EPA: We Had to Destroy the Clean Air Act to Follow It

From The New York Times coverage of the EPA’s announcement of its intent to regulate carbon dioxide under the Clean Air Act, “E.P.A. Moves to Curtail Greenhouse Gas Emissions“:

The proposed rules, which could take effect as early as 2011, would place the greatest burden on 400 power plants, new ones and those undergoing substantial renovation, by requiring them to prove that they have applied the best available technology to reduce emissions or face penalties.

Ms. Jackson described the proposal as a common-sense rule tailored to apply to only the largest facilities — those that emit at least 25,000 tons of carbon dioxide a year — which are responsible for nearly 70 percent of greenhouse gas emissions in the United States.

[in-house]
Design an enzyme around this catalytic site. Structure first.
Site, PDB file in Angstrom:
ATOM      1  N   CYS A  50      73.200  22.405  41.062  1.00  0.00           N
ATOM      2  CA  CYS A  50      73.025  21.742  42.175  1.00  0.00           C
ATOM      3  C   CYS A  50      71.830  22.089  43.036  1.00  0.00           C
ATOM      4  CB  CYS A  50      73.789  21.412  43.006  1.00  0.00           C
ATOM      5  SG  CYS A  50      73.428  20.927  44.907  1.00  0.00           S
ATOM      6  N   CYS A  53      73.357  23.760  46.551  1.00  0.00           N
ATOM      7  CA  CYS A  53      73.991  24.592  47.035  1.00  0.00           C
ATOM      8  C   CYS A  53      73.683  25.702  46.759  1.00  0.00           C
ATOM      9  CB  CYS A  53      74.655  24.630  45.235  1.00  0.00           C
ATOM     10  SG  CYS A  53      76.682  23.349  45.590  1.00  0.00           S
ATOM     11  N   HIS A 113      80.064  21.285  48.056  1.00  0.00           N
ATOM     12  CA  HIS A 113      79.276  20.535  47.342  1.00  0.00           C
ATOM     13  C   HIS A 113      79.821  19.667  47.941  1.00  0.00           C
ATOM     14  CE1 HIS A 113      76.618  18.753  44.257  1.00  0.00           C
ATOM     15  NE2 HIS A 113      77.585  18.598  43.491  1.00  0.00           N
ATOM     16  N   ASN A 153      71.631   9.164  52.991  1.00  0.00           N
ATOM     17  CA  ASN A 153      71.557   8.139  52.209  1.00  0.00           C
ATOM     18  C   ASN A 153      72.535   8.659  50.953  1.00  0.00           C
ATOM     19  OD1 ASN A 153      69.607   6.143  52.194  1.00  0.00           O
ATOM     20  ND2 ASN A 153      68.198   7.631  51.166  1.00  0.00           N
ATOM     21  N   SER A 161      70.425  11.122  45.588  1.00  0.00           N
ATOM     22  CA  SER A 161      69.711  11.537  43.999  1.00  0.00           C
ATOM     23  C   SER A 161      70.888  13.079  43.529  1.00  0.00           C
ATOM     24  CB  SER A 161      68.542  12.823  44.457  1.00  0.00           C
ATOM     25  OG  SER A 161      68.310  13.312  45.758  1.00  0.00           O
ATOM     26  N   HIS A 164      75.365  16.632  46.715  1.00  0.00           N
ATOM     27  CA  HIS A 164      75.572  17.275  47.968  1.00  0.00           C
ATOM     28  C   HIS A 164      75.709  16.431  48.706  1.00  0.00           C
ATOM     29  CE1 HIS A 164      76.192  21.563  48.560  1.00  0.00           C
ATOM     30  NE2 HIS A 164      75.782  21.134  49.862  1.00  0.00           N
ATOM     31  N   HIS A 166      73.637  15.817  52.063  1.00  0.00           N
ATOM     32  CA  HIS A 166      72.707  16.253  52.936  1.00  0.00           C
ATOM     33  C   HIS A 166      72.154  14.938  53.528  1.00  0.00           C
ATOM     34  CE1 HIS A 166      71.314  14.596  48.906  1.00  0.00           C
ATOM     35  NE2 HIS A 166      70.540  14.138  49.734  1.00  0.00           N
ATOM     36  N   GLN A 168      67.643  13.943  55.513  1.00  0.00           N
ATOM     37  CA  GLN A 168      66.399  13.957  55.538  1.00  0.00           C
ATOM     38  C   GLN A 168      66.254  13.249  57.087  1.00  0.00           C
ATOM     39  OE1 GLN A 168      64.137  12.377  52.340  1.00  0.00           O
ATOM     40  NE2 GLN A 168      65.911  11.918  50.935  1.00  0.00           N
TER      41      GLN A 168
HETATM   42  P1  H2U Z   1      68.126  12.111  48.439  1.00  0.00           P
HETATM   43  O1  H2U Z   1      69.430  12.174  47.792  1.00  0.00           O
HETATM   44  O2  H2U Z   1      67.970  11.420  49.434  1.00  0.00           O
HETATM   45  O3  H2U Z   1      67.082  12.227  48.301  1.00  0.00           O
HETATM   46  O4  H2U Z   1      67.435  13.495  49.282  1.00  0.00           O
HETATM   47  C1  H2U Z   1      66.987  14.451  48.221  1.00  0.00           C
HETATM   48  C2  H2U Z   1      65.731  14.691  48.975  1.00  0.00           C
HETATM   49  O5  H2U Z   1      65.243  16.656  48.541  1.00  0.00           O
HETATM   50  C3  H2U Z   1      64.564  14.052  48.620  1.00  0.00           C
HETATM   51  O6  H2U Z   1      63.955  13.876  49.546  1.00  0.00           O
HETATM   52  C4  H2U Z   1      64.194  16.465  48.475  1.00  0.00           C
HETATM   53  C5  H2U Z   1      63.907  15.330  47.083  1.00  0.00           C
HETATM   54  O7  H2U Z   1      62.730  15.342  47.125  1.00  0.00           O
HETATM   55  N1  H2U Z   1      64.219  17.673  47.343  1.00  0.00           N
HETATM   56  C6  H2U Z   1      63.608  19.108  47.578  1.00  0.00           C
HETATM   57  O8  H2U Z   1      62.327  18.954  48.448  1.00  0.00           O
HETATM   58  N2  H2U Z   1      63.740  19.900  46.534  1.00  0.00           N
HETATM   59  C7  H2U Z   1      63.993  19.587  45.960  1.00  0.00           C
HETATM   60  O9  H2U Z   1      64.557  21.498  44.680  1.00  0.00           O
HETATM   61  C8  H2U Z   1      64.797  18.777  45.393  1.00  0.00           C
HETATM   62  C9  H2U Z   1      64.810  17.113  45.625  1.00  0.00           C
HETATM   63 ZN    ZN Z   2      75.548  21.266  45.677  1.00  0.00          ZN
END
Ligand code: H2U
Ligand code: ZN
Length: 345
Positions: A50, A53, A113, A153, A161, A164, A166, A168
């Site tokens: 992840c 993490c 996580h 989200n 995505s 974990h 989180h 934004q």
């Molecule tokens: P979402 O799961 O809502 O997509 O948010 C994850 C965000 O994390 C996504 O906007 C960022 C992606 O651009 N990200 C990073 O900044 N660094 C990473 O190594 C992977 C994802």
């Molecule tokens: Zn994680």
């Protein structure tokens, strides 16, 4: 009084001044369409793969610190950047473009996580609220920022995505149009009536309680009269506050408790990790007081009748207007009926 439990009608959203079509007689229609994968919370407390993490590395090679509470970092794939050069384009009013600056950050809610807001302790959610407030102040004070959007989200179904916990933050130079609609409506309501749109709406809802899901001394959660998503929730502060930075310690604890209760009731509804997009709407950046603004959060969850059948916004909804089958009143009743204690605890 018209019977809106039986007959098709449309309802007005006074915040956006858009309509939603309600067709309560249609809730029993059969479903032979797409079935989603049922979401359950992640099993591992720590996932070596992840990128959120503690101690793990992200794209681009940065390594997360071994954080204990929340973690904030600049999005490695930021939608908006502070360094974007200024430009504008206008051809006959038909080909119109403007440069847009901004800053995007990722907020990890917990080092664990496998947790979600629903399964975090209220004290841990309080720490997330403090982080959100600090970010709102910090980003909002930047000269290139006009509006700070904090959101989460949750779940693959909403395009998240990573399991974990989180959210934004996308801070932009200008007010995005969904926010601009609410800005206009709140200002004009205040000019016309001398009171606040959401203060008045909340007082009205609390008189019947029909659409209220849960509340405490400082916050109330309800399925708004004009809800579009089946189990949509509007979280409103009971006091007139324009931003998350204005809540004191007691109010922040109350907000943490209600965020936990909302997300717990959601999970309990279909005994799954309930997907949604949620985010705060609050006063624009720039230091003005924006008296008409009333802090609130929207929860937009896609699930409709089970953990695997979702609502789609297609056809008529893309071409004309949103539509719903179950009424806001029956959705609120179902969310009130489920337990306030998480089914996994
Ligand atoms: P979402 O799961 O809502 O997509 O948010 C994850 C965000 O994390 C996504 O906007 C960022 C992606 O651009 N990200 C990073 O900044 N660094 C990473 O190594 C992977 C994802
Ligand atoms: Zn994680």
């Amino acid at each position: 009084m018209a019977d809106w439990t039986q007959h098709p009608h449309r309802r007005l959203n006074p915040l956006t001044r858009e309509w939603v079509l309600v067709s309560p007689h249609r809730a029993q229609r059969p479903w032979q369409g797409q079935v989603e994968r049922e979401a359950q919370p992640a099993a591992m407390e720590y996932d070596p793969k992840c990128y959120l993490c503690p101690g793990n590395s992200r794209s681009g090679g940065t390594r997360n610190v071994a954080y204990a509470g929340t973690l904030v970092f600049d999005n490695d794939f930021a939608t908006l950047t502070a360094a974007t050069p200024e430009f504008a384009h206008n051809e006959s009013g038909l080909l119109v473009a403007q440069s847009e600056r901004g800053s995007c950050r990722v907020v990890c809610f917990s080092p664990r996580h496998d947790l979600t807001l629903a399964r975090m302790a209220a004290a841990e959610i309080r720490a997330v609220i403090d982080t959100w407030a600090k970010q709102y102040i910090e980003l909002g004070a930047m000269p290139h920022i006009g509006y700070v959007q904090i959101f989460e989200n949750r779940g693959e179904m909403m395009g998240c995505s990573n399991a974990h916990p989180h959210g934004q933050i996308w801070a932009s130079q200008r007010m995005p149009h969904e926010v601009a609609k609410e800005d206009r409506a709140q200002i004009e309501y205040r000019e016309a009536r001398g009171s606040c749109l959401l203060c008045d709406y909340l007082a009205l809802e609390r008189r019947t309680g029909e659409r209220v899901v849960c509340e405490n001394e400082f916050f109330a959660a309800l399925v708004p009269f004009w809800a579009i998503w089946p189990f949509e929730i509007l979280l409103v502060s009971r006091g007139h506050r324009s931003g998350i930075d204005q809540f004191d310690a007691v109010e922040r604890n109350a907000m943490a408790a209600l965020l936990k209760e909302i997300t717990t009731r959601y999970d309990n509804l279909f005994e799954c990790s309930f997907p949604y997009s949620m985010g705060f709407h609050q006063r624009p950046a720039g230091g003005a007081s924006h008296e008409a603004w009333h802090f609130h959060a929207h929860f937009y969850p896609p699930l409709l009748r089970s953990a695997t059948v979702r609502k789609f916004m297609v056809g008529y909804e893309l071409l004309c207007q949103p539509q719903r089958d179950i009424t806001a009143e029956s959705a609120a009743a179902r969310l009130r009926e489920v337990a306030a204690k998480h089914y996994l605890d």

But, as the AP story notes, the Clean Air Act usually applies to facilities that emit at least just 250 tons of carbon dioxide. There’s no provision in the statute that gives the EPA the authority to set an arbitrary higher figure, even though it might be politically expedient to target only largest industrial emitters of carbon dioxide. The pain and billions of dollars of costs are more diffuse that way.

But it’s just specious. The EPA’s logic boils down to this:

  • The Clean Air Act gives us the legal authority to regulate carbon dioxide from stationary sources.
  • So we are going to ignore the Clean Air Act in order to regulate carbon dioxide from stationary sources.


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